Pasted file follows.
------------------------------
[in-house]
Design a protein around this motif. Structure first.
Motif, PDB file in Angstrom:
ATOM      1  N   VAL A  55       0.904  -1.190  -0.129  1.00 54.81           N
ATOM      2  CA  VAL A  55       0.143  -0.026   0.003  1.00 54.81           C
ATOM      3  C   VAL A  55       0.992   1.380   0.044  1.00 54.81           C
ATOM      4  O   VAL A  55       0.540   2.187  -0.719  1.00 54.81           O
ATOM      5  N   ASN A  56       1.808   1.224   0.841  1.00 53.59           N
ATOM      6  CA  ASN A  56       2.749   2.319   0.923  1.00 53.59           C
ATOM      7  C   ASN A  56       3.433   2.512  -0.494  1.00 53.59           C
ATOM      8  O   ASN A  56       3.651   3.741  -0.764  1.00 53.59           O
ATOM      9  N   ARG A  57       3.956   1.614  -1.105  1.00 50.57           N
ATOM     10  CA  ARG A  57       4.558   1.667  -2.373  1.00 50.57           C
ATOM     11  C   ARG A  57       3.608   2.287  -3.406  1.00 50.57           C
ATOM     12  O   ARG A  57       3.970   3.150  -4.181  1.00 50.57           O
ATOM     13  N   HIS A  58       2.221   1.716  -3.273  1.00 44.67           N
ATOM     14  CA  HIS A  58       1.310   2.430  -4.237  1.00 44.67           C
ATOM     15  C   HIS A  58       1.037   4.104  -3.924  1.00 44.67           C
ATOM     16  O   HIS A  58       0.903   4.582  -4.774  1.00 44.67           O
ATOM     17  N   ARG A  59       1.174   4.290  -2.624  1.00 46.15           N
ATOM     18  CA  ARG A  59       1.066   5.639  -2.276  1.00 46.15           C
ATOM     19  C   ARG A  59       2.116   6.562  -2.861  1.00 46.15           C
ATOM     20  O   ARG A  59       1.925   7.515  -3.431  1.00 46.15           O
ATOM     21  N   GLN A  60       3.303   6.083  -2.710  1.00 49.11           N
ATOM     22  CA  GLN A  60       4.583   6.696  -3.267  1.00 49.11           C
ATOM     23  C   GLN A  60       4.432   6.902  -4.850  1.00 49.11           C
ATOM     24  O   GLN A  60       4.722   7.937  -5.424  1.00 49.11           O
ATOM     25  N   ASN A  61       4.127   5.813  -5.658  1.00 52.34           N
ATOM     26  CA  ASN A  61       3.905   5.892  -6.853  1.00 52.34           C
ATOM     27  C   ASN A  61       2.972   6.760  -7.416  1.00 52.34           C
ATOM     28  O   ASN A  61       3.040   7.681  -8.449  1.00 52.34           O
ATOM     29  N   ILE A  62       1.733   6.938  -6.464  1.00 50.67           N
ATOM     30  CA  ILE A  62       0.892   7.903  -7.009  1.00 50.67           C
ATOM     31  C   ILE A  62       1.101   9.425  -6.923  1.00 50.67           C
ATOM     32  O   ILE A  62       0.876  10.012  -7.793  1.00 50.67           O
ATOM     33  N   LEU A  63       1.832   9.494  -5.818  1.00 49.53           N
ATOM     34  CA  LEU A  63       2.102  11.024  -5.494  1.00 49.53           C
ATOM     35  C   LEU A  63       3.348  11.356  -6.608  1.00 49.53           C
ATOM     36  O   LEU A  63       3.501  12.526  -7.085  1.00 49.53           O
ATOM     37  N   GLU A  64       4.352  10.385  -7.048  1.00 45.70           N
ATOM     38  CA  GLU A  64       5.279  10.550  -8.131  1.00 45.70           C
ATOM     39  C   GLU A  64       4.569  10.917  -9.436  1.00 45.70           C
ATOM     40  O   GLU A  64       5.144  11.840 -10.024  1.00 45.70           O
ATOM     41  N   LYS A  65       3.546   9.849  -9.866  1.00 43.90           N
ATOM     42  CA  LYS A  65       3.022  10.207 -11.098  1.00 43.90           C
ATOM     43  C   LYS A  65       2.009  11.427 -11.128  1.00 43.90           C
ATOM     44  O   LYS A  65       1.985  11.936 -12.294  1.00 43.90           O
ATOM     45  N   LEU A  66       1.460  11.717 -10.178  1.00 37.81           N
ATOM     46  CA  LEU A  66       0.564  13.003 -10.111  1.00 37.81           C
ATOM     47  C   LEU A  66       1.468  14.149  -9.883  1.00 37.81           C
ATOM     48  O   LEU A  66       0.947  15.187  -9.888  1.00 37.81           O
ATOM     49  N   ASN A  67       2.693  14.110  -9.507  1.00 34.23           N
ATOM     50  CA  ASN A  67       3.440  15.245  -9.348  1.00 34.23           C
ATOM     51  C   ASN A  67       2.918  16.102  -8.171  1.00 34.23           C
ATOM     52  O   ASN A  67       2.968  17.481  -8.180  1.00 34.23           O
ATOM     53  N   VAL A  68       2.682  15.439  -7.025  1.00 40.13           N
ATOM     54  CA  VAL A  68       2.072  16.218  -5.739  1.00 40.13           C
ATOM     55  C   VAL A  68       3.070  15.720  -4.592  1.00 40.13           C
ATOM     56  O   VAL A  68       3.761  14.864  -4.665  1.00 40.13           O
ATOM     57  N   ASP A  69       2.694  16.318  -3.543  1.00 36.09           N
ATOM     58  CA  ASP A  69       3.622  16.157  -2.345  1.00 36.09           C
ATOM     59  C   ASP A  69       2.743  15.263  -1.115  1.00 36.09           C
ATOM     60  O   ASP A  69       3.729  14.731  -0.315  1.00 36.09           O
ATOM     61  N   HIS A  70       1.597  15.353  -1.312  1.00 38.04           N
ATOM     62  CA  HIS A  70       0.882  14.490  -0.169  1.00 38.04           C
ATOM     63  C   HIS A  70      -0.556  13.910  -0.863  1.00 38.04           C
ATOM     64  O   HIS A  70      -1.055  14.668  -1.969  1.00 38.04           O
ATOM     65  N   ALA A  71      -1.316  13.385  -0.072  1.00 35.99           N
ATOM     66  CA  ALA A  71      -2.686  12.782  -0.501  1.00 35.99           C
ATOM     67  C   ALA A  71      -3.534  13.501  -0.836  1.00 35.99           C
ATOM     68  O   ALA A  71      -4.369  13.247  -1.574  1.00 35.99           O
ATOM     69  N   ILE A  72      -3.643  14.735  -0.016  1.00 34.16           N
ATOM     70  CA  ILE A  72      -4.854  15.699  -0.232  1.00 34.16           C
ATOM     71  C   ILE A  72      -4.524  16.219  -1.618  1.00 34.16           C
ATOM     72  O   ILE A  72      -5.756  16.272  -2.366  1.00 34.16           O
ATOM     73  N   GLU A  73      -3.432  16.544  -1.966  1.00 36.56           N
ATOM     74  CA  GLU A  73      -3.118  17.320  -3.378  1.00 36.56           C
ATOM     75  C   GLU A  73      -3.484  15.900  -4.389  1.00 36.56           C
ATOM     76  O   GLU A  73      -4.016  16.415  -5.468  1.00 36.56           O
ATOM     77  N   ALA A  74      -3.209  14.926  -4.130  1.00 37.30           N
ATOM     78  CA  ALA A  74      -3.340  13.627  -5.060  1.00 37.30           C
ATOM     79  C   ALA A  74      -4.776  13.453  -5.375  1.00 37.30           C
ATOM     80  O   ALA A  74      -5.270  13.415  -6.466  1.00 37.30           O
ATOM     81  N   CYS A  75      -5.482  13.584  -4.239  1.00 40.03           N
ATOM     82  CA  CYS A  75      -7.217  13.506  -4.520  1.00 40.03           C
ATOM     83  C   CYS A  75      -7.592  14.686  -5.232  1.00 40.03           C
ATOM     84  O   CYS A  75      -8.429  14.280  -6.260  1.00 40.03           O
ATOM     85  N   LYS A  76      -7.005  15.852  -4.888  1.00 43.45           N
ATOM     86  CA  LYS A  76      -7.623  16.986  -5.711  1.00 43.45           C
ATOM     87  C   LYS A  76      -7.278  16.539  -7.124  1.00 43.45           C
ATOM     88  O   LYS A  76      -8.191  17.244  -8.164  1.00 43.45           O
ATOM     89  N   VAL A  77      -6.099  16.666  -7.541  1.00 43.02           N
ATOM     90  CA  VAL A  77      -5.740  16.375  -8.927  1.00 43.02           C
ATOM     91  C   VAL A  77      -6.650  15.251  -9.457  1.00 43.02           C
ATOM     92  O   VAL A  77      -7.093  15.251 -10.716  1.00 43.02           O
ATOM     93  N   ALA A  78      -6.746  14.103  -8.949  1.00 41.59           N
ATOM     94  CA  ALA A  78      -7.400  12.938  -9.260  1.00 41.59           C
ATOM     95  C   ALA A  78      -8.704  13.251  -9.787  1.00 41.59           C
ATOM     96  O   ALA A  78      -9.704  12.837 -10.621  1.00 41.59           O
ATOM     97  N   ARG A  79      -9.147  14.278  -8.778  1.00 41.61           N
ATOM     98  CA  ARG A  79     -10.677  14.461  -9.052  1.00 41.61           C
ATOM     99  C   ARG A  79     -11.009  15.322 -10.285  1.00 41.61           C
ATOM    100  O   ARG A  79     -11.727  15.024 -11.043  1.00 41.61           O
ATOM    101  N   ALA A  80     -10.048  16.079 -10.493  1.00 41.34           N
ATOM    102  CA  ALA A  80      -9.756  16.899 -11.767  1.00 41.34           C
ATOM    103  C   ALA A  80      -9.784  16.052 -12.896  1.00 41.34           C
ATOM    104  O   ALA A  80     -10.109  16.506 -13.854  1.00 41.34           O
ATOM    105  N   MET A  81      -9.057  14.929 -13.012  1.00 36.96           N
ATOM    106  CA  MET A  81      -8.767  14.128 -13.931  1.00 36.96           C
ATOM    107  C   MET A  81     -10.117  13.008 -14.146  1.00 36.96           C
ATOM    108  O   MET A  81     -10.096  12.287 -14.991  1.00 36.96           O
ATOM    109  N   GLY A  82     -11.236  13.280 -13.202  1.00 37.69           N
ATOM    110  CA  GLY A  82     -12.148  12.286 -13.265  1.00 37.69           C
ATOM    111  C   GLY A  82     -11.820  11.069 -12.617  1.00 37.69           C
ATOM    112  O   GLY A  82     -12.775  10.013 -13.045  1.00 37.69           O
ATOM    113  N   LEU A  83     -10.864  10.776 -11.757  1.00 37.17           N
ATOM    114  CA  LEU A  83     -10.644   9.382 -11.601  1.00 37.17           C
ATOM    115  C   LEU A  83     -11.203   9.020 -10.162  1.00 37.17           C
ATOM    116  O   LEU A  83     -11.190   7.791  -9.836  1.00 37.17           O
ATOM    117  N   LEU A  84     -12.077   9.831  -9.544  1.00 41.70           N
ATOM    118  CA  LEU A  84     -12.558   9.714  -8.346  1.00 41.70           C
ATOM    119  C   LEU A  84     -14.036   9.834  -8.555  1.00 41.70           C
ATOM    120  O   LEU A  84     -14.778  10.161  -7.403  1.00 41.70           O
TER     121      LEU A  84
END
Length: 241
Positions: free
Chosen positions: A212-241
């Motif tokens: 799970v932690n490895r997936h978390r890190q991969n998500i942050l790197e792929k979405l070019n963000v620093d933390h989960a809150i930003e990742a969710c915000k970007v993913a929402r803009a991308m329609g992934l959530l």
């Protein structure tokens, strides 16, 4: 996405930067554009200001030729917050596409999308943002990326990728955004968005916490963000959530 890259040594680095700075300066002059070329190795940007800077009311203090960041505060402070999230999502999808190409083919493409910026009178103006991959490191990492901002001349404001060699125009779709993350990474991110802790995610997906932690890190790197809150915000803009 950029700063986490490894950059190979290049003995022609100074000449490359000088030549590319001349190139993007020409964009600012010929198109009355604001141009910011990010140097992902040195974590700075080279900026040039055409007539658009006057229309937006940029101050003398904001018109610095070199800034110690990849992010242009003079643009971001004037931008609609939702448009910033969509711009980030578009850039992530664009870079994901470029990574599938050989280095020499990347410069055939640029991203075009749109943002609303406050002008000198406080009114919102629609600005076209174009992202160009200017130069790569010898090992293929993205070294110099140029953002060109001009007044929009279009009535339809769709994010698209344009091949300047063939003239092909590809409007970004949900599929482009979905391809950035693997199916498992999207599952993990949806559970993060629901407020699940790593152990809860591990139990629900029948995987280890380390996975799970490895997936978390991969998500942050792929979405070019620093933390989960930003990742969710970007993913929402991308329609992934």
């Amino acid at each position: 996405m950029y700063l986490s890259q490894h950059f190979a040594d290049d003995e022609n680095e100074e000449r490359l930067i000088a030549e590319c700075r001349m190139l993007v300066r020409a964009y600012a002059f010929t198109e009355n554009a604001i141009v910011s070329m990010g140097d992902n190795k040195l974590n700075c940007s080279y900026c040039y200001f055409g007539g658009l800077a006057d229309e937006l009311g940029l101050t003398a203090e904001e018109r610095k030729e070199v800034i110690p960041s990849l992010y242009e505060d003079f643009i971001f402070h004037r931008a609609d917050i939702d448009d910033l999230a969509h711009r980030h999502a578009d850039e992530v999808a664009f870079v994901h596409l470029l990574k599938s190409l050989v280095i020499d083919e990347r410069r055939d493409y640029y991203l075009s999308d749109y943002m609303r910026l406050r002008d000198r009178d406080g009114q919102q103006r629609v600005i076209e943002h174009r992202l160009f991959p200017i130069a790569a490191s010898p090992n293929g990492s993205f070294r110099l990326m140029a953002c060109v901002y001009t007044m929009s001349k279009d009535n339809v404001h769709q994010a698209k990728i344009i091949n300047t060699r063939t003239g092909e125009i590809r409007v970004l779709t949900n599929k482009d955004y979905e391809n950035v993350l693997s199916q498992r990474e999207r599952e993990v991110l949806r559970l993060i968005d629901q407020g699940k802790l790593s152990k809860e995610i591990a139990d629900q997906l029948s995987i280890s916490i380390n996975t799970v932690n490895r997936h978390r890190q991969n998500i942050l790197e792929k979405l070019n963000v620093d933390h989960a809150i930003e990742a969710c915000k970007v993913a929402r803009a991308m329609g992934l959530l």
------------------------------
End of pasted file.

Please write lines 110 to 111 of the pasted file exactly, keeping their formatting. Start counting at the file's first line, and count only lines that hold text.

ATOM    107  C   MET A  81     -10.117  13.008 -14.146  1.00 36.96           C
ATOM    108  O   MET A  81     -10.096  12.287 -14.991  1.00 36.96           O